— Kurt Helin (@basketballtalk) August 27, 2013
In the Thunder’s defense, their current roster isn’t completely hopeless. Reggie Jackson showed promise in the playoffs taking over the starting position and should be a valuable backup to a healthy Westbrook. Jeremy Lamb didn’t crack the rotation last season, but with Martin gone, Brooks will look to him to step up in a big way with more minutes this season. Is anyone convinced that Lamb will fulfill that Sixth Man/scorer’s role that the Thunder so desperately need? I’m not. Perry Jones and Andre Roberson will also be called upon to give valuable offensive contributions when they’re in, but that seems to be asking too much at this point.
Kevin Durant is too good of a player for me to believe that he’ll never win an NBA championship. He and Westbrook are still only 24 years old and although there is a possibility that LeBron James is a cyborg and will still be in his prime 10 years from now, the San Antonio Spurs showed us this past year that Miami is not invincible. Durant averaged 28.1 points, 7.9 assists, 4.6 assists, 1.4 steals and 1.3 blocks per game as a member of the elite 50-40-90 club last season and Westbrook averaged a career-best 7.4 assists per game. Eventually, the Miami Heat will fall and give way to a new perennial contender. But for the Oklahoma City Thunder to reclaim their status as serious NBA Finals contenders, their general manager needs to start making the most of the offseason.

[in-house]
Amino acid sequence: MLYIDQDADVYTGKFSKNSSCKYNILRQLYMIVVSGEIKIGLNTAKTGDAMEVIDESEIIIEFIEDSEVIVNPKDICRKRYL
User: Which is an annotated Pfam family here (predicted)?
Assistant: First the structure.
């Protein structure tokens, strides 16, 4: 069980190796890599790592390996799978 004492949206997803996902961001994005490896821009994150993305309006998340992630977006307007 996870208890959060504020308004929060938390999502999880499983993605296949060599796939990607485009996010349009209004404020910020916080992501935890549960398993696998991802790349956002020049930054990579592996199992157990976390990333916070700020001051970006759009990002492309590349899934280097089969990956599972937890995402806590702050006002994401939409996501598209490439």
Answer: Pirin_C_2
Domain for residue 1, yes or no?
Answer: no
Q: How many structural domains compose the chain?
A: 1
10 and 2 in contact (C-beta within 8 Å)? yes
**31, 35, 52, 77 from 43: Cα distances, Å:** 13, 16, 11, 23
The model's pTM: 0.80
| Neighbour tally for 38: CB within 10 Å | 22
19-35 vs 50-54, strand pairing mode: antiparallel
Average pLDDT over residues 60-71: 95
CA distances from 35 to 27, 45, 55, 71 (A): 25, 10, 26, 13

Presti already royally screwed up his handling of James Harden. He botched another offseason this year as the Thunder watched every Western Conference contender get better. The Houston Rockets got Dwight Howard, the Golden State Warriors got Andre Iguodala, the Memphis Grizzlies got Mike Miller and the Spurs are more or less the same. It’d be a tragedy to see a star duo as talented as Durant and Westbrook waste away their primes with little help in Oklahoma City and Presti is absolutely responsible for making moves that change the current trend. Otherwise, OKC’s title window may have closed before it was ever really open.
Topics: James Harden Trade, Oklahoma City Thunder 2013 Offseason, Oklahoma City Thunder 2013-14 Preview 2013-14 Oklahoma City Thunder Preview, Oklahoma City Thunder's Title Window Closing, Thunder Don't Do Enough In The Offseason, Will The Oklahoma City Thunder Win The West